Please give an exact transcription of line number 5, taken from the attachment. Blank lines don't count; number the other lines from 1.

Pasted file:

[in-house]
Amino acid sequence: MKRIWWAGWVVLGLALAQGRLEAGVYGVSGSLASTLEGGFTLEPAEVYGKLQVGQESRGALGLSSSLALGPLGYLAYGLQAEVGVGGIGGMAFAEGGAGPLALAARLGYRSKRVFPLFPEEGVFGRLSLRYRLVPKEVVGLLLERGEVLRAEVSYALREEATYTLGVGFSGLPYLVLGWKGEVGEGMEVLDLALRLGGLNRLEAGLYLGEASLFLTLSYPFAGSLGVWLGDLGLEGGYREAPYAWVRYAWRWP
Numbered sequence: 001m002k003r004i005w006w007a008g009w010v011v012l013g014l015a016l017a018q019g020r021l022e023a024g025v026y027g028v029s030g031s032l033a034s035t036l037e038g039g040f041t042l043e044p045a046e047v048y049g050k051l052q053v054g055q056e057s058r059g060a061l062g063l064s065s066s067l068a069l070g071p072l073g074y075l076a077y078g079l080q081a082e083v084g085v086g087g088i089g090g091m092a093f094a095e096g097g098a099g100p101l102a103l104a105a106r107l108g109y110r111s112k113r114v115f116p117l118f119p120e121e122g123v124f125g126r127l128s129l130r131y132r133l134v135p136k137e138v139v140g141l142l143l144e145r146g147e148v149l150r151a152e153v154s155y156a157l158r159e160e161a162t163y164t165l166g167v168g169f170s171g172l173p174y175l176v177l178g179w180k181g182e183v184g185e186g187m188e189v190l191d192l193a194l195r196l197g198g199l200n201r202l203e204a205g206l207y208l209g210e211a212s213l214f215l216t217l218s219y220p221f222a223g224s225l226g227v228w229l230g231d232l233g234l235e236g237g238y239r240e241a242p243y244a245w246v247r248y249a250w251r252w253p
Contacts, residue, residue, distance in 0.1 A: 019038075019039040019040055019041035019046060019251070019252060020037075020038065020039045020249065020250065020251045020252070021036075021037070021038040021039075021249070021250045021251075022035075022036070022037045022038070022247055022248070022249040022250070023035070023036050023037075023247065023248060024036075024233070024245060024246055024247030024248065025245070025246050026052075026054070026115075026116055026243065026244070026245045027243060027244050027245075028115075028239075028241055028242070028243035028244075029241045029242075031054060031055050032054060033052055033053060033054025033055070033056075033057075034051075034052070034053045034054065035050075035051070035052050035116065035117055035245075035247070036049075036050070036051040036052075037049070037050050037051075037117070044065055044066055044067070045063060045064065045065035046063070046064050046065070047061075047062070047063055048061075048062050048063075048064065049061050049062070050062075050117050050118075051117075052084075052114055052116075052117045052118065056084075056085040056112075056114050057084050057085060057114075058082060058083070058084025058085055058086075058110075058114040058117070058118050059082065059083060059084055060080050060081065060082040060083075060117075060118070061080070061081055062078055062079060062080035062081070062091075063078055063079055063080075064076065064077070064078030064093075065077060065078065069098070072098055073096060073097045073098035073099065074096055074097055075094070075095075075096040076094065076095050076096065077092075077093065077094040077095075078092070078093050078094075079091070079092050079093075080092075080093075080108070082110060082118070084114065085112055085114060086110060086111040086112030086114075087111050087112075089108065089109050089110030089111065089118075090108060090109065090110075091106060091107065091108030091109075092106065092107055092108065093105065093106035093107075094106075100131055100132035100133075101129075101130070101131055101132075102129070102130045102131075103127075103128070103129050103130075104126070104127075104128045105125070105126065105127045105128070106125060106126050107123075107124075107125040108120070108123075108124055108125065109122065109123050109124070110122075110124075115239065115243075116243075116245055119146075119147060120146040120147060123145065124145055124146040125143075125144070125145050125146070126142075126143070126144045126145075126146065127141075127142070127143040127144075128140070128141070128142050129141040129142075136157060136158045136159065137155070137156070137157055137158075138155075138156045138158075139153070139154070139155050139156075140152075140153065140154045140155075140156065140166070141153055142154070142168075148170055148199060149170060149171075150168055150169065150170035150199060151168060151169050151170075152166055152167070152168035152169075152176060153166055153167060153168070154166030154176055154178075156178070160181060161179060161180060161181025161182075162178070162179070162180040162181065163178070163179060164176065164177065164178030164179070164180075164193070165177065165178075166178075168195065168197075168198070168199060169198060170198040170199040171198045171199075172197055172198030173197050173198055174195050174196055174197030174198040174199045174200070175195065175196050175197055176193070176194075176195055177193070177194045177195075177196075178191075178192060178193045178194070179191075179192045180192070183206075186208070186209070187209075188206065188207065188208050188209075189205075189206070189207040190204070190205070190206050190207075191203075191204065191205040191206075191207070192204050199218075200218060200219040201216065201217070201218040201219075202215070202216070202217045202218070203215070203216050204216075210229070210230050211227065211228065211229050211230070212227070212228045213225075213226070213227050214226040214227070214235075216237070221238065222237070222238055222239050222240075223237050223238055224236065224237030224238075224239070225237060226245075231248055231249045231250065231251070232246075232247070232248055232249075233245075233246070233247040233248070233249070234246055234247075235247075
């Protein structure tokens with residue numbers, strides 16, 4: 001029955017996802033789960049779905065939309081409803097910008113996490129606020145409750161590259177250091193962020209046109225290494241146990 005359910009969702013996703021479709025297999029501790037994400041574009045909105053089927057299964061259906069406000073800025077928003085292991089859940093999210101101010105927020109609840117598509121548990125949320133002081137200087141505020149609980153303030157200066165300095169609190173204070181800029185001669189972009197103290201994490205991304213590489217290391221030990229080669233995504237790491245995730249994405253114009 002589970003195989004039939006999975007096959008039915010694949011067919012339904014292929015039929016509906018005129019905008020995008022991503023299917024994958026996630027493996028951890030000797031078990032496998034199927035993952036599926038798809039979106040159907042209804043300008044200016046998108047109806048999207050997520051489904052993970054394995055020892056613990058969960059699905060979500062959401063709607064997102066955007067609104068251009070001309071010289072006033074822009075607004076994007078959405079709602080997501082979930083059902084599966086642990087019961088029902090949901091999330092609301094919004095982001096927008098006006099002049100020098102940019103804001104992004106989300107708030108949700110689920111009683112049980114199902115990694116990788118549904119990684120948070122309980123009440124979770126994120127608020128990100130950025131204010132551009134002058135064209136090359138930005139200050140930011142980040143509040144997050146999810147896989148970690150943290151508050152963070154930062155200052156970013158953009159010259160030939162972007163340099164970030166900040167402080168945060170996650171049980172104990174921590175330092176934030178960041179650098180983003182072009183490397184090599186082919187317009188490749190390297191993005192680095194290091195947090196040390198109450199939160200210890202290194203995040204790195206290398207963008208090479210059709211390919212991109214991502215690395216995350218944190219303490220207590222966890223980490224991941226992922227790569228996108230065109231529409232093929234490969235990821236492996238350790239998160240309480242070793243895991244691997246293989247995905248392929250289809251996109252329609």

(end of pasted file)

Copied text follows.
């Protein structure tokens with residue numbers, strides 16, 4: 001029955017996802033789960049779905065939309081409803097910008113996490129606020145409750161590259177250091193962020209046109225290494241146990 005359910009969702013996703021479709025297999029501790037994400041574009045909105053089927057299964061259906069406000073800025077928003085292991089859940093999210101101010105927020109609840117598509121548990125949320133002081137200087141505020149609980153303030157200066165300095169609190173204070181800029185001669189972009197103290201994490205991304213590489217290391221030990229080669233995504237790491245995730249994405253114009 002589970003195989004039939006999975007096959008039915010694949011067919012339904014292929015039929016509906018005129019905008020995008022991503023299917024994958026996630027493996028951890030000797031078990032496998034199927035993952036599926038798809039979106040159907042209804043300008044200016046998108047109806048999207050997520051489904052993970054394995055020892056613990058969960059699905060979500062959401063709607064997102066955007067609104068251009070001309071010289072006033074822009075607004076994007078959405079709602080997501082979930083059902084599966086642990087019961088029902090949901091999330092609301094919004095982001096927008098006006099002049100020098102940019103804001104992004106989300107708030108949700110689920111009683112049980114199902115990694116990788118549904119990684120948070122309980123009440124979770126994120127608020128990100130950025131204010132551009134002058135064209136090359138930005139200050140930011142980040143509040144997050146999810147896989148970690150943290151508050152963070154930062155200052156970013158953009159010259160030939162972007163340099164970030166900040167402080168945060170996650171049980172104990174921590175330092176934030178960041179650098180983003182072009183490397184090599186082919187317009188490749190390297191993005192680095194290091195947090196040390198109450199939160200210890202290194203995040204790195206290398207963008208090479210059709211390919212991109214991502215690395216995350218944190219303490220207590222966890223980490224991941226992922227790569228996108230065109231529409232093929234490969235990821236492996238350790239998160240309480242070793243895991244691997246293989247995905248392929250289809251996109252329609």